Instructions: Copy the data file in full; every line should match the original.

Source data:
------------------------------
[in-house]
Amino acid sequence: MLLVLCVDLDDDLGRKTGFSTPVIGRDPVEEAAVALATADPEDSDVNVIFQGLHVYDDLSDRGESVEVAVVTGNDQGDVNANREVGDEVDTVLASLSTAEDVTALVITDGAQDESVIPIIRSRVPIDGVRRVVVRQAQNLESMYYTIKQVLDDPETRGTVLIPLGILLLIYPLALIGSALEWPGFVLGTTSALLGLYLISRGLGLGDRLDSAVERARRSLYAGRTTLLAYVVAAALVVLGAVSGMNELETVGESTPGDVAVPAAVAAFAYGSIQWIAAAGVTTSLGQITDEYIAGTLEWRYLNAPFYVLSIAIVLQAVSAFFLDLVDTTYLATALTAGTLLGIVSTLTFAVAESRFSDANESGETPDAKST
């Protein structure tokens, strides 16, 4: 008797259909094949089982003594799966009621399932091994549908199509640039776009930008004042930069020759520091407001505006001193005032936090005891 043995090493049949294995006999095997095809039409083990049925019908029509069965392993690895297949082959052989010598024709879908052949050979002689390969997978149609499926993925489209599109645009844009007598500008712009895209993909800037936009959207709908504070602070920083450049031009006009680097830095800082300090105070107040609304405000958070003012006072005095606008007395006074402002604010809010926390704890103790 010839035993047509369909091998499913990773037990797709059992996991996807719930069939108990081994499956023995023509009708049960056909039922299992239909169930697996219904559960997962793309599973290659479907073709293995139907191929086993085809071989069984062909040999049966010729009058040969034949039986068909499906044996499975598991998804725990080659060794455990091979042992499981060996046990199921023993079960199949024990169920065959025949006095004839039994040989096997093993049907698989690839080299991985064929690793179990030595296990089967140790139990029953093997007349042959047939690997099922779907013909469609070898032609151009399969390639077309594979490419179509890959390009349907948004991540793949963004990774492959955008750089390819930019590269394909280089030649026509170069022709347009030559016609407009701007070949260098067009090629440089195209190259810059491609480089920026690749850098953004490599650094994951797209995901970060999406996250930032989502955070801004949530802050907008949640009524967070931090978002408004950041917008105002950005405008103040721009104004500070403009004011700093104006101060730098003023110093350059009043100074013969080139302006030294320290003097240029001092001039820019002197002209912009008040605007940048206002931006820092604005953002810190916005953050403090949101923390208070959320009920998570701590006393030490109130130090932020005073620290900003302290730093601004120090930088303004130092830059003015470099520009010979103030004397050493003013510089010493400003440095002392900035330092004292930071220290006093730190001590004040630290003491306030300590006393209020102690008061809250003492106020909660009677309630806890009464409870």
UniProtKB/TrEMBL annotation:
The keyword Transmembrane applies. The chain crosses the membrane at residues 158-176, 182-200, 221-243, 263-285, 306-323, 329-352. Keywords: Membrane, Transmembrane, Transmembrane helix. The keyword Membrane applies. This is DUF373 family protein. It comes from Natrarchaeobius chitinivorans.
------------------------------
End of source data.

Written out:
[in-house]
Amino acid sequence: MLLVLCVDLDDDLGRKTGFSTPVIGRDPVEEAAVALATADPEDSDVNVIFQGLHVYDDLSDRGESVEVAVVTGNDQGDVNANREVGDEVDTVLASLSTAEDVTALVITDGAQDESVIPIIRSRVPIDGVRRVVVRQAQNLESMYYTIKQVLDDPETRGTVLIPLGILLLIYPLALIGSALEWPGFVLGTTSALLGLYLISRGLGLGDRLDSAVERARRSLYAGRTTLLAYVVAAALVVLGAVSGMNELETVGESTPGDVAVPAAVAAFAYGSIQWIAAAGVTTSLGQITDEYIAGTLEWRYLNAPFYVLSIAIVLQAVSAFFLDLVDTTYLATALTAGTLLGIVSTLTFAVAESRFSDANESGETPDAKST
């Protein structure tokens, strides 16, 4: 008797259909094949089982003594799966009621399932091994549908199509640039776009930008004042930069020759520091407001505006001193005032936090005891 043995090493049949294995006999095997095809039409083990049925019908029509069965392993690895297949082959052989010598024709879908052949050979002689390969997978149609499926993925489209599109645009844009007598500008712009895209993909800037936009959207709908504070602070920083450049031009006009680097830095800082300090105070107040609304405000958070003012006072005095606008007395006074402002604010809010926390704890103790 010839035993047509369909091998499913990773037990797709059992996991996807719930069939108990081994499956023995023509009708049960056909039922299992239909169930697996219904559960997962793309599973290659479907073709293995139907191929086993085809071989069984062909040999049966010729009058040969034949039986068909499906044996499975598991998804725990080659060794455990091979042992499981060996046990199921023993079960199949024990169920065959025949006095004839039994040989096997093993049907698989690839080299991985064929690793179990030595296990089967140790139990029953093997007349042959047939690997099922779907013909469609070898032609151009399969390639077309594979490419179509890959390009349907948004991540793949963004990774492959955008750089390819930019590269394909280089030649026509170069022709347009030559016609407009701007070949260098067009090629440089195209190259810059491609480089920026690749850098953004490599650094994951797209995901970060999406996250930032989502955070801004949530802050907008949640009524967070931090978002408004950041917008105002950005405008103040721009104004500070403009004011700093104006101060730098003023110093350059009043100074013969080139302006030294320290003097240029001092001039820019002197002209912009008040605007940048206002931006820092604005953002810190916005953050403090949101923390208070959320009920998570701590006393030490109130130090932020005073620290900003302290730093601004120090930088303004130092830059003015470099520009010979103030004397050493003013510089010493400003440095002392900035330092004292930071220290006093730190001590004040630290003491306030300590006393209020102690008061809250003492106020909660009677309630806890009464409870």
UniProtKB/TrEMBL annotation:
The keyword Transmembrane applies. The chain crosses the membrane at residues 158-176, 182-200, 221-243, 263-285, 306-323, 329-352. Keywords: Membrane, Transmembrane, Transmembrane helix. The keyword Membrane applies. This is DUF373 family protein. It comes from Natrarchaeobius chitinivorans.